“Pope Francis is well informed and closely follows the situation; the Holy Father is deeply hopes in the establishment of peace in the Korean peninsula. The leaders of the seven main religions in Korea are due to be received in a special audience with the Holy Father. We will him ask to impart his prayers and help the Korean people for the reunification of the Korean peninsula.” The announcement was made by Monsignor Igino Kim Hee-joong, archbishop of Gwangju, President of the Korean Bishops’ Conference.
The audience with Pope Francis – said the archbishop, contacted by phone by SIR before departing for Rome – will take place next Saturday (September 2). Attending the meeting with the archbishop will be Korea’s major religious leaders. It’s not the first time that Korean religious leaders meet the Pope. An earlier meeting was held in Korea in August 2014, when the Pope visited the Country.
This year’s meeting takes place in the framework of a “pilgrimage” of religious leaders to Rome. The pilgrimage holds special significance in the light of the threats of a nuclear war, with constant missile launches by Pyongyang’s regime in the Asian region. The UN Security Council “strongly condemns” last Tuesday’s missile test, President Trump announced that all options are on the table, while South Korea fired back at North Korea’s missile launch, dropping eight bombs on the border with North Korea.
In a meeting held August 29 the Justice and Peace Commission of the Korean Bishops’ Conference, headed by Monsignor Lazzaro You Heung-sik, bishop of Daejeon, voiced its concern and reiterated: “Peace cannot be created through the balance of the power of weapons but through mutual trust”, coupled by a request to “reconsider” the intention announced by the South-Korean government to launch Terminal High Altitude Area Defense medium and short-range missiles (THAAD) to defend the South Korean territory. But yesterday (August 30) South Korean Defence Minister Suh Choo-suk informed that North Korea is ready to carry out its sixth nuclear test at any moment.
Mons. Igino Kim, the world looks at the constant missile launch from Pyongyang with great concern. Do you wish to make an appeal for peace?
The safest weapon for peace is not missiles but reconciliation through dialogue, which must be conducted in the most sincere possible way and with open trust.
A nuclear war would have devastating consequences for the whole of humanity. What is the reason for choosing the option of nuclear threats and weapons at all costs?
What you say is true. A nuclear war would have devastating consequences on the whole of humanity. It seems that the gesture of North Korea is dictated by the will to have a direct relationship with the United States on equal grounds, and by the determination not to be isolated from the international scenario. Also North Korea is aware that a nuclear war would have disastrous consequences for mankind.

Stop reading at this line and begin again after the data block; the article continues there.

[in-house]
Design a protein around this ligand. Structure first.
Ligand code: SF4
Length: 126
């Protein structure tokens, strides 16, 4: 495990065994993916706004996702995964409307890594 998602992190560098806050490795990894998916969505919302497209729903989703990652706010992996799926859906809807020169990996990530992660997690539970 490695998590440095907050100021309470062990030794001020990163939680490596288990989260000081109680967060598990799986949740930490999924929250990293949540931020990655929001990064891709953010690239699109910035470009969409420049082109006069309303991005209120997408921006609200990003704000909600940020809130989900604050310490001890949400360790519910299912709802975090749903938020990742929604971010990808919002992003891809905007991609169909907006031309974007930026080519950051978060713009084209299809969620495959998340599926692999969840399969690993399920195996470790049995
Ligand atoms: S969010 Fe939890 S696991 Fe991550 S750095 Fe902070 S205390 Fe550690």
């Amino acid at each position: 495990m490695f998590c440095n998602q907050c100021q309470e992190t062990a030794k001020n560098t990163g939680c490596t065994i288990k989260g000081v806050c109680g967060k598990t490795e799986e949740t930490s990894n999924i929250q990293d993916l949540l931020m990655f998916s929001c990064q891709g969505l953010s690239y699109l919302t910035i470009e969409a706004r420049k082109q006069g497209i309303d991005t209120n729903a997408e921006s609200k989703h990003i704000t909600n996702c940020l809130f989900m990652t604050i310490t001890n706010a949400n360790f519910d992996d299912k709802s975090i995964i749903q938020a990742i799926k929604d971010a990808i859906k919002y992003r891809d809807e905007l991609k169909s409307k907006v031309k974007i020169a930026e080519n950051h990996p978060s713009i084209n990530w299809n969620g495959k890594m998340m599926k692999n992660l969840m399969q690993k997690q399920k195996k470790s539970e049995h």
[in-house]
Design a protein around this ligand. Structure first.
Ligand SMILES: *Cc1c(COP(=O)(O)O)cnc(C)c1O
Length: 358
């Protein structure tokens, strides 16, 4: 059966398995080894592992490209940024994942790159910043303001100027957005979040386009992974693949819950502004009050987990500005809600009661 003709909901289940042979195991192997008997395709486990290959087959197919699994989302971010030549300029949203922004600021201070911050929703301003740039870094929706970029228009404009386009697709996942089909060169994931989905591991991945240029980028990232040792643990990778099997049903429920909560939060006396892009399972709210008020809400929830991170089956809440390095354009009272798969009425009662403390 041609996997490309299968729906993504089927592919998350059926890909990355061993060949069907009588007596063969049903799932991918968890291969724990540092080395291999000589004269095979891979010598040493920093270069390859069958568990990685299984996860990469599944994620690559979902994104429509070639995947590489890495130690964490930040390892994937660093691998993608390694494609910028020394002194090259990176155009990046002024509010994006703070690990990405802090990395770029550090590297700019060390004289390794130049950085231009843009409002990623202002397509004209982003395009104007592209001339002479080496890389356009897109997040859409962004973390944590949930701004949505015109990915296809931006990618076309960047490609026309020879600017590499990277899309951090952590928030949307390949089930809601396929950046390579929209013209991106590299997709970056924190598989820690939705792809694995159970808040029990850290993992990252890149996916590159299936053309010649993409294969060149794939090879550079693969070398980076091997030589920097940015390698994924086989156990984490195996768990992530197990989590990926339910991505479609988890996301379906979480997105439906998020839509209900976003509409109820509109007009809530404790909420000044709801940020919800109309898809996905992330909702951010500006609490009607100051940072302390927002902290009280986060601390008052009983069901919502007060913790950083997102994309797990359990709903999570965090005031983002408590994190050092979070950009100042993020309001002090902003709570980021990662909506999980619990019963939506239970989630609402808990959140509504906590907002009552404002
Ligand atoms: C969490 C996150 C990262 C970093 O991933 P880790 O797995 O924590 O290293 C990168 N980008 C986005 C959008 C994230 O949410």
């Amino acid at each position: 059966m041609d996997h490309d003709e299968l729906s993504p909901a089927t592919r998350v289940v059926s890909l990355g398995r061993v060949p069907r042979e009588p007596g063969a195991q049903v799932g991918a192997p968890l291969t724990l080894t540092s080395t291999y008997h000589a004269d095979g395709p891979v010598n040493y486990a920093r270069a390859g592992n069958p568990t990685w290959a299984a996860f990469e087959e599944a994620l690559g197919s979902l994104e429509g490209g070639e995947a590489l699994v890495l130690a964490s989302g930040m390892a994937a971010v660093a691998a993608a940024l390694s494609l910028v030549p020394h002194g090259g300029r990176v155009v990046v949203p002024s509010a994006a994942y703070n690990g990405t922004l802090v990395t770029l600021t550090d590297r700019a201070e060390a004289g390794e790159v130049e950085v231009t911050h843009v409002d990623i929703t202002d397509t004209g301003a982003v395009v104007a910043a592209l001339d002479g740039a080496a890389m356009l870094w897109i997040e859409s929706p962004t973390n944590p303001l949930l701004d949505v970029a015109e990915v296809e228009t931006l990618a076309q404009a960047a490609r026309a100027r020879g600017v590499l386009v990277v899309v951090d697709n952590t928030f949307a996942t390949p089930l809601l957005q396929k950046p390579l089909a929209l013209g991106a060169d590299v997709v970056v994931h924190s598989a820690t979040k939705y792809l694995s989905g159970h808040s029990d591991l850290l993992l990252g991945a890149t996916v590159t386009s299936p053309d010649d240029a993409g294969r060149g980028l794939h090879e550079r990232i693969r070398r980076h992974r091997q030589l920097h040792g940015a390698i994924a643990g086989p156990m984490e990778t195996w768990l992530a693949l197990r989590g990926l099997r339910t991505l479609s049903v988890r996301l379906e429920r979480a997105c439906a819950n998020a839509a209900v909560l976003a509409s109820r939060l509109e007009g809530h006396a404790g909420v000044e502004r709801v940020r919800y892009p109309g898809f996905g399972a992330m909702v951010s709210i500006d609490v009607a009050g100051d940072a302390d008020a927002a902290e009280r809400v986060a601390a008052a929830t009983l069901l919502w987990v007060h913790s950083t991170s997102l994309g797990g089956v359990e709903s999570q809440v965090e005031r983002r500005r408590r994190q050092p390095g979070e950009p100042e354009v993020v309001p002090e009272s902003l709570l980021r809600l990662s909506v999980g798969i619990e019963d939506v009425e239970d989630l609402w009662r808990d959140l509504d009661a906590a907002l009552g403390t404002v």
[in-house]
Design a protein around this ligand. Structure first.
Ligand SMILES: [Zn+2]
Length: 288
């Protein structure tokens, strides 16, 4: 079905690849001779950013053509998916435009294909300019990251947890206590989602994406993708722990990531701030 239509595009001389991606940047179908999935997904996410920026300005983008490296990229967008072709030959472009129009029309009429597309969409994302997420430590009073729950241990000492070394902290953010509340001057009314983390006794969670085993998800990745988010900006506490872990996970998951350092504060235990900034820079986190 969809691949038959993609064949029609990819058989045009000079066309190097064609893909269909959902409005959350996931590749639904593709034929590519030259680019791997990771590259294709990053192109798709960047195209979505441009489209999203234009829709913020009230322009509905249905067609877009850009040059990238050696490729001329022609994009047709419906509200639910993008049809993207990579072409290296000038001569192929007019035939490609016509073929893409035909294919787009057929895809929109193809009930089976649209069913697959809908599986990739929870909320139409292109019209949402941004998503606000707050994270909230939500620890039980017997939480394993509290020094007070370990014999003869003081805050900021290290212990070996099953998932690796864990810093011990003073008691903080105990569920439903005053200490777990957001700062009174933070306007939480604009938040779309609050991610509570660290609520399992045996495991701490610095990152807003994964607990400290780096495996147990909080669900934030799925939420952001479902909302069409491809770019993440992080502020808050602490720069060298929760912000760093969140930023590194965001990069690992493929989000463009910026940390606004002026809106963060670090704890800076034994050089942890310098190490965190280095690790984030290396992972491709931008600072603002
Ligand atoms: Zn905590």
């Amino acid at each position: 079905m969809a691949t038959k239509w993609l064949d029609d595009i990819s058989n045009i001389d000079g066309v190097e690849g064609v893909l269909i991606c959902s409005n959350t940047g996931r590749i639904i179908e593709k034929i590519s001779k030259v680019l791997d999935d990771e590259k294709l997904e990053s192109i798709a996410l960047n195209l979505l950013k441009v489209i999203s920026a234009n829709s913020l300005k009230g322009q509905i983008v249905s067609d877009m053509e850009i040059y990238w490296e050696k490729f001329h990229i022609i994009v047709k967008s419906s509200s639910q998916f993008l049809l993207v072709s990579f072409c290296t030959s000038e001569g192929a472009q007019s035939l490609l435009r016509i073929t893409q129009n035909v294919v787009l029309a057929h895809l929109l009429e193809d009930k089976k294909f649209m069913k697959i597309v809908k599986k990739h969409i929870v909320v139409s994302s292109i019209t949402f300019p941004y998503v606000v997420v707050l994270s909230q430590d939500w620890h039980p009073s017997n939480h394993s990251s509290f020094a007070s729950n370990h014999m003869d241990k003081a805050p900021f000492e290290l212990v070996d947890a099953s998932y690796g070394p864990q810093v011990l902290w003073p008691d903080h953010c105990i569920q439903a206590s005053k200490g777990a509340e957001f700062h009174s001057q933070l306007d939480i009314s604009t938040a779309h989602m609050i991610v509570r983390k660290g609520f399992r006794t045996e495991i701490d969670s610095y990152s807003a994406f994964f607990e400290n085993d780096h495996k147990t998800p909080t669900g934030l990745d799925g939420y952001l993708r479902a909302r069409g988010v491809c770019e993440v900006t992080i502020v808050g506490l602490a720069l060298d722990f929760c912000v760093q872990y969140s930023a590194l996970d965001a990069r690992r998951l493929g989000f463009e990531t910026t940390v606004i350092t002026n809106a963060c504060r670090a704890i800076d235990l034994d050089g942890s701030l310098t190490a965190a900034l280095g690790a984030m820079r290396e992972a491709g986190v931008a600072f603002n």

Is a peaceful dialogue with Pyongyang possible and what can the Church do? Are there relations with North Korea and what could be the role of the Church?
I’m sure that a dialogue for peace with Pyongyang is possible. North Korea has faith in the Catholic Church in Korea and we maintain a trustful relationship.
On our part we intend to further continual relations and dialogue on matters of mutual interest. I also hope we will meet soon. The Catholic Church in Korea will seek to focus her efforts on advancing denuclearization and peace-building in the Korean peninsula, and mark a turning point enabling the next generations to dream a world of justice, love and respect for the whole of creation.
Korea is divided. But when Pope Francis visited Korea he said that the Korean people are one same family. Is there a possibility of a “peace deal” between the two Koreas today?
If the so-called world powers help us there would be a possibility of a “peace deal” between North and South Korea. Many faithful say the rosary praying for peace between North and South Korea every day, while several dioceses plan to launch a “campaign” to promote the “peace deal” with all the Korean people that wish and work for peace. We also seek to cooperate with North Korea to send basic necessities.
The United States and Japan are reacting to the provocations of North Korea. Would you like to make an appeal to them too?
I think we should always seek peace not with weapons or sanctions but through dialogue, negotiations and mutual respect at all costs.